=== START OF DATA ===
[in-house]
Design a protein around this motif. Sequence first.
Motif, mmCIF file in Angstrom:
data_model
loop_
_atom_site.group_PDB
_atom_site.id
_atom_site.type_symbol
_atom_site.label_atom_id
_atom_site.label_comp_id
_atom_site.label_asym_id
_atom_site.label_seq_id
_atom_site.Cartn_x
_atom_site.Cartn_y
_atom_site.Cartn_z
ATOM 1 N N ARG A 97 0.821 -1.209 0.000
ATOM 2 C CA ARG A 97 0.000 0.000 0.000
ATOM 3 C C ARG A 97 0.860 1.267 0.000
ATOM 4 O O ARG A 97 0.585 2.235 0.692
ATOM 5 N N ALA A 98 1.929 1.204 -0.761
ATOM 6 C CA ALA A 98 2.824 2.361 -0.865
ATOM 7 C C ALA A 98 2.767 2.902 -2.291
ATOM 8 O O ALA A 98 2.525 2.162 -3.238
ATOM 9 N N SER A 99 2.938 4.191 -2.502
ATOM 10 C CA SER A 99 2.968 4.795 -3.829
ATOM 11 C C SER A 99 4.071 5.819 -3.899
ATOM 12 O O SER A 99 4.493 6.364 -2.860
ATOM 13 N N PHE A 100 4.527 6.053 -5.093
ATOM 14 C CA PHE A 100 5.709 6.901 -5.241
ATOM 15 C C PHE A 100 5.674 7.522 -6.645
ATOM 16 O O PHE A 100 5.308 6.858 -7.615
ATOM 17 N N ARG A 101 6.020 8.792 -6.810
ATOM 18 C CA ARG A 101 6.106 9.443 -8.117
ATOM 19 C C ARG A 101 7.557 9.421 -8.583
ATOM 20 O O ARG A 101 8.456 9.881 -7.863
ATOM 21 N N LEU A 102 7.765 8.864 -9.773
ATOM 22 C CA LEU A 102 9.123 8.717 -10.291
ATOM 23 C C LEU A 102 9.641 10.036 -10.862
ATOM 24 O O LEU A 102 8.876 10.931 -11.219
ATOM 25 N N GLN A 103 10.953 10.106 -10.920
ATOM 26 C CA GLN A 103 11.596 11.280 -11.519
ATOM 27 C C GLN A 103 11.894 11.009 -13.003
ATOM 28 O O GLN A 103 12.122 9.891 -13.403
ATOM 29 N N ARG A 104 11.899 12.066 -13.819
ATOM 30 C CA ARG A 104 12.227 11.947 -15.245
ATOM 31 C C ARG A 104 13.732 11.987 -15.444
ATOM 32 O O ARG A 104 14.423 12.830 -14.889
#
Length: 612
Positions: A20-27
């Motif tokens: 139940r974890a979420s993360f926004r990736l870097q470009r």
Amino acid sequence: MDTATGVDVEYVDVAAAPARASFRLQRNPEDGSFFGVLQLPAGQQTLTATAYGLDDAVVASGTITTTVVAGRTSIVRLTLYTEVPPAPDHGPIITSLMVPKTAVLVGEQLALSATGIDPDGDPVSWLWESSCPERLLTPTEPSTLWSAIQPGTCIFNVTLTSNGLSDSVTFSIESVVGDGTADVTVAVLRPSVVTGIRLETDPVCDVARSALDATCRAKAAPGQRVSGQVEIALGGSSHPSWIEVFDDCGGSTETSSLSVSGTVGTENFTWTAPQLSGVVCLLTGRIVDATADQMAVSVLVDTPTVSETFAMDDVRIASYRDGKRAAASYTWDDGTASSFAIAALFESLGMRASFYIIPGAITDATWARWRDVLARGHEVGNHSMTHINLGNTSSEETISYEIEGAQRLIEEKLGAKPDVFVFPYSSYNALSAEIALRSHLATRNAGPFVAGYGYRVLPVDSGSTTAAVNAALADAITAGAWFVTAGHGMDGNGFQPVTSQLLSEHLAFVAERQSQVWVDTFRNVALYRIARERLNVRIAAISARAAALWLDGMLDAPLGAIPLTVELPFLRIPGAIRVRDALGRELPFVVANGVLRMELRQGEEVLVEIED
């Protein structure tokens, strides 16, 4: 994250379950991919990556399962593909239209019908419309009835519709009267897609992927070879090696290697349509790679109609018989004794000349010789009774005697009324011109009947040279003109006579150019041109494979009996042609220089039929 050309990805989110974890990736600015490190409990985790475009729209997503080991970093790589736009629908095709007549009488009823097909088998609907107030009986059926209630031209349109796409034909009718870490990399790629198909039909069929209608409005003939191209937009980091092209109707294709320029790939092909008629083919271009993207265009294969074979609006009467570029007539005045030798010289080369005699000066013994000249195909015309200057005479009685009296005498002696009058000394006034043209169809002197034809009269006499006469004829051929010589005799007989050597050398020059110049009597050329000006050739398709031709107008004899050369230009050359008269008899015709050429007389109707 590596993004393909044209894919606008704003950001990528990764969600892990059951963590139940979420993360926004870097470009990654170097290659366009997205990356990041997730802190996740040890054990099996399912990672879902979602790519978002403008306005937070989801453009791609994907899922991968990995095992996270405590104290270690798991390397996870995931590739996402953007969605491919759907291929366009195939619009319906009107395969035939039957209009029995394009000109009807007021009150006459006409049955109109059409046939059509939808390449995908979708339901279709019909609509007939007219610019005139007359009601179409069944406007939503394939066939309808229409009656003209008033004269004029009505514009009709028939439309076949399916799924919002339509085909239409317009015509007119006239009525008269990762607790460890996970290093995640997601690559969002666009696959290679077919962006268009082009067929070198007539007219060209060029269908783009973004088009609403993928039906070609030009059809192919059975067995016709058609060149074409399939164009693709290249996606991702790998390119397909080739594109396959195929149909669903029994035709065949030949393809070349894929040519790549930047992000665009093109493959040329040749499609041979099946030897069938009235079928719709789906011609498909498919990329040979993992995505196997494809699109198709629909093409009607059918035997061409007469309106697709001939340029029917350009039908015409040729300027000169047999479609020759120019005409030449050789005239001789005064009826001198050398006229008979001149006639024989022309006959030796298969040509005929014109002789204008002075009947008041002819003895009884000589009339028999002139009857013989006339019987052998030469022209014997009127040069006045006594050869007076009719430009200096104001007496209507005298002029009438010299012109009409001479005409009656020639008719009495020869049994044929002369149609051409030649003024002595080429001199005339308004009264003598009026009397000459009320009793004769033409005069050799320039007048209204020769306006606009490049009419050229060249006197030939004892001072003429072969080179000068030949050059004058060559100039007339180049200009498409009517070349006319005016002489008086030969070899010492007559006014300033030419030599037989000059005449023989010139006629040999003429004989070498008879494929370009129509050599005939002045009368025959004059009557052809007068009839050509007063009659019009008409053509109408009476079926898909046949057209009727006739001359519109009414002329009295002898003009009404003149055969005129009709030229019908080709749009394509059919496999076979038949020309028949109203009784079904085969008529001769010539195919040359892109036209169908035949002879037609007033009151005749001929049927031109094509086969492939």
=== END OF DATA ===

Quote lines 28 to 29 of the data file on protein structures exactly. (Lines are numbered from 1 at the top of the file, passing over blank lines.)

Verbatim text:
ATOM 13 N N PHE A 100 4.527 6.053 -5.093
ATOM 14 C CA PHE A 100 5.709 6.901 -5.241